Oil prices diverge after China hikes rates

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Oil prices diverged Tuesday, striking 2.5-year highs in London, but falling in New York after interest rate hikes by China sparked concern about slowing demand from the world's powerhouse economy.

Brent North Sea crude for delivery in May hit $122.89 a barrel -- the highest level since August 2008. It later stood at $121.97 a barrel, up 91 cents compared with Monday's close.

New York's main contract, light sweet crude for May, slipped 35 cents to $108.12.

China said Tuesday it would raise one-year deposit and lending rates by 25 basis points in its latest effort to curb rampant lending and bring inflation under control.

The People's Bank of China said the interest rate hikes -- the fourth since late last year -- would take effect Wednesday. The latest move takes the one-year deposit and lending rates to 3.25 percent and 6.31 percent.

"A rate hike was to be expected at some point," noted VTB Capital analyst Andrey Kryuchenkov, who added that the news was weighing on sentiment.

Investors though remained jittery over the political situation in the oil-producing Middle East and North Africa region where popular uprisings have already toppled the leaders of Tunisia and Egypt, lending support to prices.

Libyan rebels are still fighting to depose veteran leader Moamer Kadhafi with the help of air strikes by Western powers.

A key crude exporting nation in the Middle East and North Africa region, Libya has seen its output slashed since rebels began an uprising against Kadhafi's rule.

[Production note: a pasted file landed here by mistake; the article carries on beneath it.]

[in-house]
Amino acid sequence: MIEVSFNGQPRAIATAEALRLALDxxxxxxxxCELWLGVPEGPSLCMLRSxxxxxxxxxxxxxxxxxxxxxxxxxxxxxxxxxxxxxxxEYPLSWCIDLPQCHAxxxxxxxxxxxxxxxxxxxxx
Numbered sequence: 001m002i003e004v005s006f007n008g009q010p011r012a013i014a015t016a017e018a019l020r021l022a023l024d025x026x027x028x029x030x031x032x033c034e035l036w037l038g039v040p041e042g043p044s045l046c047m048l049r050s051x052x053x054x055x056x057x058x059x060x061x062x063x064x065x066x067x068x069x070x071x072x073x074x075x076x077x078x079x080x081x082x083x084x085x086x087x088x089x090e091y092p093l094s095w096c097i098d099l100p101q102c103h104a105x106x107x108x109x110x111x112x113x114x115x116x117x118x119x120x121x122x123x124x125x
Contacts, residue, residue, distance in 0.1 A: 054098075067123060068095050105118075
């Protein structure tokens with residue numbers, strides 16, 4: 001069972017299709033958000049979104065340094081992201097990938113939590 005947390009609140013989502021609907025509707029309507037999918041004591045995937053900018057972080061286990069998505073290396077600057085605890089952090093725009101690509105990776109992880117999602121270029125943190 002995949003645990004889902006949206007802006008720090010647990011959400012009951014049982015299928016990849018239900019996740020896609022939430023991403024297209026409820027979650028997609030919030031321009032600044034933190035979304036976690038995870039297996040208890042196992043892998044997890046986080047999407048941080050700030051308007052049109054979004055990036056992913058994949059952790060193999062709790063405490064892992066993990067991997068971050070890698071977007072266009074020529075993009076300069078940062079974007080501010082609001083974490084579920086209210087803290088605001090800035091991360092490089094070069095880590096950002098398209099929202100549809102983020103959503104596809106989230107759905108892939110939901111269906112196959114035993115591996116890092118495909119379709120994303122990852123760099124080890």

Libyan rebels were set Tuesday to begin exporting oil for the first time since mid-March after a tanker capable of holding $100 million worth of crude docked at an eastern port.

The Liberian-flagged tanker "has docked in Tobruk," Michelle Bockmann, markets editor of shipping news and data provider Lloyd's List, told AFP in London. "The boat is expected to be loaded on April 6."

Earlier, Bockman said the ship was "a Suezmax tanker and it's able to load one million barrels, or about 130,000 tonnes of oil. So it's over 100 million dollars' (70.5 million euros) worth of crude."

The rebels would neither confirm nor deny reports the ship was due on Tuesday, calling it a matter of "national security".

Libya was producing 1.69 million barrels a day before the unrest but this had ground to a halt in the ensuing violence.

© 2011 AFP

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